## double descent

Posted in Books, Statistics, University life with tags , , , , , , , , , , , on November 7, 2019 by xi'an

Last Friday, I [and a few hundred others!] went to the SMILE (Statistical Machine Learning in Paris) seminar where Francis Bach was giving a talk. (With a pleasant ride from Dauphine along the Seine river.) Fancis was talking about the double descent phenomenon observed in recent papers by Belkin & al. (2018, 2019), and Mei & Montanari (2019). (As the seminar room at INRIA was quite crowded and as I was sitting X-legged on the floor close to the screen, I took a few slides from below!) The phenomenon is that the usual U curve warning about over-fitting and reproduced in most statistics and machine-learning courses can under the right circumstances be followed by a second decrease in the testing error when the number of features goes beyond the number of observations. This is rather puzzling and counter-intuitive, so I briefkly checked the 2019 [8 pages] article by Belkin & al., who are studying two examples, including a standard “large p small n” Gaussian regression. where the authors state that

“However, as p grows beyond n, the test risk again decreases, provided that the model is fit using a suitable inductive bias (e.g., least norm solution). “

One explanation [I found after checking the paper] is that the variates (features) in the regression are selected at random rather than in an optimal sequential order. Double descent is missing with interpolating and deterministic estimators. Hence requiring on principle all candidate variates to be included to achieve minimal averaged error. The infinite spike is when the number p of variate is near the number n of observations. (The expectation accounts as well for the randomisation in T. Randomisation that remains an unclear feature in this framework…)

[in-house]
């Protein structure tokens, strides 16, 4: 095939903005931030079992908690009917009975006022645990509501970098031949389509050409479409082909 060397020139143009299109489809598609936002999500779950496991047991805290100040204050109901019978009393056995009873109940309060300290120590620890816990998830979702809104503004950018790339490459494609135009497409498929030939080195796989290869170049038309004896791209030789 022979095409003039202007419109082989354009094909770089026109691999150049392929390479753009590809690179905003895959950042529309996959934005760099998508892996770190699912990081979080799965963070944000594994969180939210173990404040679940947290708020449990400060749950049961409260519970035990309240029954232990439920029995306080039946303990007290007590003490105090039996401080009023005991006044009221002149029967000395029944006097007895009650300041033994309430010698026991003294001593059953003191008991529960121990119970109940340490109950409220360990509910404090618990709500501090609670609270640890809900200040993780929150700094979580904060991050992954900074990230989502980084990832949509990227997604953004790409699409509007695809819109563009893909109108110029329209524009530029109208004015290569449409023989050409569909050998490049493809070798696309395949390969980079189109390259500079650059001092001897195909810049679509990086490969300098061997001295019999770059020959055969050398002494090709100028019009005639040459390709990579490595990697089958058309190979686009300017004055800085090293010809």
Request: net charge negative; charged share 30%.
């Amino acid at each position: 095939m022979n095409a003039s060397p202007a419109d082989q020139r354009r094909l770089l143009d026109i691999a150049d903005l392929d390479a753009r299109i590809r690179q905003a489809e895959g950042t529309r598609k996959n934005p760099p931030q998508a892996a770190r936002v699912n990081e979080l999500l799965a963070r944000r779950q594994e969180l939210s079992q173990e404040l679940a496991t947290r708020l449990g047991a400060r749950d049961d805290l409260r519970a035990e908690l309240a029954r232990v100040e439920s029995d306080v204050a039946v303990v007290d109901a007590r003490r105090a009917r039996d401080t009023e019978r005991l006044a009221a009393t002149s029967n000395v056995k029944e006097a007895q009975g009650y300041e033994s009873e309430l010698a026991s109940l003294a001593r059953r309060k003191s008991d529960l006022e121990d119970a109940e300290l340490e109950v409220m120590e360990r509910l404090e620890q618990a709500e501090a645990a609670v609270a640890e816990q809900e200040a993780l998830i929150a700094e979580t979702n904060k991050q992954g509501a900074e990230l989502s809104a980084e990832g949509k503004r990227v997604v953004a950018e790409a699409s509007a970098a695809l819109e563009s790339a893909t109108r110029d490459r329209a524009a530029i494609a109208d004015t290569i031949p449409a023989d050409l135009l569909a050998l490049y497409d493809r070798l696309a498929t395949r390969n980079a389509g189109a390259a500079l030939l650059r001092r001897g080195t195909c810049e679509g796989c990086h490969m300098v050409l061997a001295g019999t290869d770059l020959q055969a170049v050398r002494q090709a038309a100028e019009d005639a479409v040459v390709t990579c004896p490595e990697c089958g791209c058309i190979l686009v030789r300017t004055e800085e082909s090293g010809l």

## off to New York

Posted in Books, pictures, Statistics, Travel, University life with tags , , , , , , , , on March 29, 2015 by xi'an

I am off to New York City for two days, giving a seminar at Columbia tomorrow and visiting Andrew Gelman there. My talk will be about testing as mixture estimation, with slides similar to the Nice ones below if slightly upgraded and augmented during the flight to JFK. Looking at the past seminar speakers, I noticed we were three speakers from Paris in the last fortnight, with Ismael Castillo and Paul Doukhan (in the Applied Probability seminar) preceding me. Is there a significant bias there?!

## David Blei smile in Paris (seminar)

Posted in Statistics, Travel, University life with tags , , , , , , , , on October 30, 2013 by xi'an

Nicolas Chopin just reminded me of a seminar given by David Blei in Paris tomorrow (at 4pm, SMILE seminarINRIA 23 avenue d’Italie, 5th floor, orange room) on Stochastic Variational Inference and Scalable Topic Models, machine learning seminar that I will alas miss, being busy on giving mine at CMU. Here is the abstract:

```Probabilistic topic modeling provides a suite of tools for analyzing
large collections of electronic documents.  With a collection as
input, topic modeling algorithms uncover its underlying themes and
decompose its documents according to those themes.  We can use topic
models to explore the thematic structure of a large collection of
documents or to solve a variety of prediction problems about text.

Topic models are based on hierarchical mixed-membership models,
statistical models where each document expresses a set of components
(called topics) with individual per-document proportions. The
computational problem is to condition on a collection of observed
documents and estimate the posterior distribution of the topics and
per-document proportions. In modern data sets, this amounts to
posterior inference with billions of latent variables.

How can we cope with such data?  In this talk I will describe
stochastic variational inference, a general algorithm for
approximating posterior distributions that are conditioned on massive
data sets.  Stochastic inference is easily applied to a large class of
hierarchical models, including time-series models, factor models, and
Bayesian nonparametric models.  I will demonstrate its application to
topic models fit with millions of articles.  Stochastic inference
opens the door to scalable Bayesian computation for modern data```